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Low-Income Branch

Credit Union :Communicating Arts
Assets :$28
Address :P O Box 32584 | Detroit, MI 48232-0584

Details :

Start Date: April 2008

Key Credit Union Data:

  • Loan/share ratio: 82.7%
  • Yield on average loans: 8.8%
  • # Members: 8,000
  • Avg. shares/member: $3,030
  • Avg. loan balance: $4,320
  • Membership growth in 2009: 10%


Highland Park, Michigan is a city within the city of Detroit. It is an impoverished community with a mean income of about $17,000, estimates Kim Vermander, VP of lending and development at Communicating Arts Credit Union (CACU). According to reliable sources, unemployment in Detroit is approaching 50% and the majority of residents in Highland Park live below the poverty level, according to Vermander. The crime rate in Highland Park is three times greater than any surrounding area. So it seemed a strange decision when CACU chose Highland Park as its location for a second branch. “Our peers thought we were crazy,” says Vermander. “It was a scary prospect.”

But research conducted by the credit union showed that many of its members lived or worked in Highland Park. A zip code search indicated a high concentration of members lived in the area and a number of the SEGs served by the credit union are located in Highland Park, as well. Furthermore, management saw a real need for a credit union in the community where payday lenders and check cashers are very prevalent.

When a community developer decided to build a shopping and office complex on a plot of ground in Highland Park, the credit union jumped in with both feet, says Vermander. “It’s been the best decision we’ve made,” she states. “We’ve gone back to our roots of people helping people. It’s where people want us to be. It makes coming to work each day fun.”

That people in the community appreciate the credit union is evidenced by the growth CACU is experiencing. Membership growth increased 10% in 2009, with 25% of those members coming from the Highland Park area. Over 2,000 members are from Highland Park and 80% of those members have joined since the branch opening, says Vermander. “We are opening between 90 and 100 new accounts a month,” she states. Highland Park members represent $1.7 million in deposits and $2 million in loans. “The community appreciates our presence and our membership growth is proof of that,” says Vermander. Community organizations are quick to include CACU in any local events, as well.

Security was a big issue when the credit union decided to put a branch in the new shopping complex, notes Vermander. However, the developer worked with the credit union to address security concerns. There is a security vestibule and a police mini-station a few doors down from the credit union branch. The vestibule itself is very open and inviting, says Vermander, but having security personnel nearby minimized the credit union’s security concerns.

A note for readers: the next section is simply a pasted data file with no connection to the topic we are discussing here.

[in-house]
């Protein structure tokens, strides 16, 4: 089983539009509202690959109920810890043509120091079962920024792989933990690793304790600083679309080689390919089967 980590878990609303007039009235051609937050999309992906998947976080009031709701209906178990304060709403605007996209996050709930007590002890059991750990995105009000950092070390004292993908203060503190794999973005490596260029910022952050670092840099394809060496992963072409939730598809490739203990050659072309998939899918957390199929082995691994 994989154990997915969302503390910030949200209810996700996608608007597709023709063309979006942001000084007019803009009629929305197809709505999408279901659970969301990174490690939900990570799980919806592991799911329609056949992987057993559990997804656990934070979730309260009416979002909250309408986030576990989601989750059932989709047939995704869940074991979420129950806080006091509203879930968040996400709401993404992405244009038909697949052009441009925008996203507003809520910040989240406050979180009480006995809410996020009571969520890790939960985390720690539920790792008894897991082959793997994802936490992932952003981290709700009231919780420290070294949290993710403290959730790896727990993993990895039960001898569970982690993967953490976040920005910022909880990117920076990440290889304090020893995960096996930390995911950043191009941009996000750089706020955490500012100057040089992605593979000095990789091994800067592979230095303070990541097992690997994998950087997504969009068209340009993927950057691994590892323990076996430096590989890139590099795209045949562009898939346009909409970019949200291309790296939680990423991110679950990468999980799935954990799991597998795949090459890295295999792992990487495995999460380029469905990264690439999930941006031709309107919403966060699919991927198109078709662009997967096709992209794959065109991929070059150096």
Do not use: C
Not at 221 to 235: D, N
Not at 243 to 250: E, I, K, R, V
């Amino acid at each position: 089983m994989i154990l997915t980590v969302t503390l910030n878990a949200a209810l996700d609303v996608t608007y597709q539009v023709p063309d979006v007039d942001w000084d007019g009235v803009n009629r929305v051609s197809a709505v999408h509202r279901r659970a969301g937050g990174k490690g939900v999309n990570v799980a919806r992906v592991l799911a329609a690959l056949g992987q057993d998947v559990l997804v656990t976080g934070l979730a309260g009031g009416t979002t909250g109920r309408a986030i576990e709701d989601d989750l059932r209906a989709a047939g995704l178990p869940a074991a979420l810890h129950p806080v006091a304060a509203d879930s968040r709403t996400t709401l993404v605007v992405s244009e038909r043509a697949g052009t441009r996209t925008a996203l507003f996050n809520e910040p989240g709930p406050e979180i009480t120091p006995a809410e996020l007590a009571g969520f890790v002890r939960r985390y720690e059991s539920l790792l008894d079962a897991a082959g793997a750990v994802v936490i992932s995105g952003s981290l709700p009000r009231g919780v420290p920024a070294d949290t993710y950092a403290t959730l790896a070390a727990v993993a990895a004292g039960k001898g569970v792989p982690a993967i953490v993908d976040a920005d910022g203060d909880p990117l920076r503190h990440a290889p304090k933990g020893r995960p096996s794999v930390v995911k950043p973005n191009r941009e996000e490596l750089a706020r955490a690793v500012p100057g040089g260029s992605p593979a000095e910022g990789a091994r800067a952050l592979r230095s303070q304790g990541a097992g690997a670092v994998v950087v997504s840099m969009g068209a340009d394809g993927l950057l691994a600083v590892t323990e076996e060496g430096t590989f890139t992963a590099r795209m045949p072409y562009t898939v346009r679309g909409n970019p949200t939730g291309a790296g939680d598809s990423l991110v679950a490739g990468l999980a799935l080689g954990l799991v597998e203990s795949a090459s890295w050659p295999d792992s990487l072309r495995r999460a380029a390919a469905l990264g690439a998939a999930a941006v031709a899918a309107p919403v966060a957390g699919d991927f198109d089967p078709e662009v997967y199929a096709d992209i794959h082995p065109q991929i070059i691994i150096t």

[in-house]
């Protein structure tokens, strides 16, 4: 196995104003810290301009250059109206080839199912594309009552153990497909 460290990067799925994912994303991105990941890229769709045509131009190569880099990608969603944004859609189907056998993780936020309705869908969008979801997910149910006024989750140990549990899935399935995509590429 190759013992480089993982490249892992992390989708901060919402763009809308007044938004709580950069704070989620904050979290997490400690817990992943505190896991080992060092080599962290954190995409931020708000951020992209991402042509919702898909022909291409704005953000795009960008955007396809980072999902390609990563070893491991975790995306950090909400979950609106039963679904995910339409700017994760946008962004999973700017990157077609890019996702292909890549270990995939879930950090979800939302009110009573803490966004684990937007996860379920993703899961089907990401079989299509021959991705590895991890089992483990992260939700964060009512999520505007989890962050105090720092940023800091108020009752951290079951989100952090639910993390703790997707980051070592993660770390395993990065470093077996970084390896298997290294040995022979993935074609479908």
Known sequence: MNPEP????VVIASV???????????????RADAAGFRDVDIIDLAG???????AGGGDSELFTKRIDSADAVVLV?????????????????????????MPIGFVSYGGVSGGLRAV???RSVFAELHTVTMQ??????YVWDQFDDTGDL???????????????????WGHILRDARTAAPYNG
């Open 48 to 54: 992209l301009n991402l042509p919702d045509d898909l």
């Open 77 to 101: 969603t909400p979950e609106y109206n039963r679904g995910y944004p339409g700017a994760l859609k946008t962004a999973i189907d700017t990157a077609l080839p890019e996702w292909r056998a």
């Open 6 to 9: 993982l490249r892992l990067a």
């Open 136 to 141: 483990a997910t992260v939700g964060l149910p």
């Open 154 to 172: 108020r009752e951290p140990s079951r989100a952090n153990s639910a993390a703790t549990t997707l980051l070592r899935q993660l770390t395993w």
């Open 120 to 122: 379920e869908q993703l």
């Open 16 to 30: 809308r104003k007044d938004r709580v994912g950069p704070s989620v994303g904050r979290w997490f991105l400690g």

Products/Services Offered:

  • PDL-Alternative – MyPay Today – A $500 loan with a $70 annual fee and up to 60 days to repay at 18% APR.
  • Save to Win Certificate – A 12-month CD with a low initial balance of $25 and with each $25 addition (maximum of 10 per month), member receives a chance for monthly savings prizes – up to 10 each month and an annual grand prize of $100,000.
  • Volunteer Income Tax Assistance (VITA) site in the branch.
  • Financial counseling using Accel.
  • CACU adopted 24 families for Christmas from six area schools.

Additional Information:

Communicating Arts CU is constantly reviewing its products and services to make sure they are meeting members’ needs, says Vermander. The Save to Win certificate program is offered through the Michigan Credit Union League. In 2009 there were eight credit unions offering the product, but CACU has the highest penetration of its members using the CD product. Almost 15% of CACU’s members participate in the savings program, according to Vermander. The 1,100 accounts represent $307,000 in Save to Win deposits, or an average of about $283. “The majority of our members aren’t regular savers,” says Vermander, “but they love the idea of the chance to win monthly prizes.”

Vermander is also proud of the credit union employees and their willingness to make a difference in their community. “Most of our VITA IRS-certified volunteers are our employees. They are very willing to give their time to community projects when not at work. They love being part of the community.” A further example was the 24 families adopted for Christmas. “The employees bought food, clothes, and even paid utility bills for these families,” notes Vermander. “Then on Christmas Eve, they went to the houses and delivered their goods wearing Santa hats. Our CEO, Hank Hubbard, is passionate about community service and is always a participant in these events.”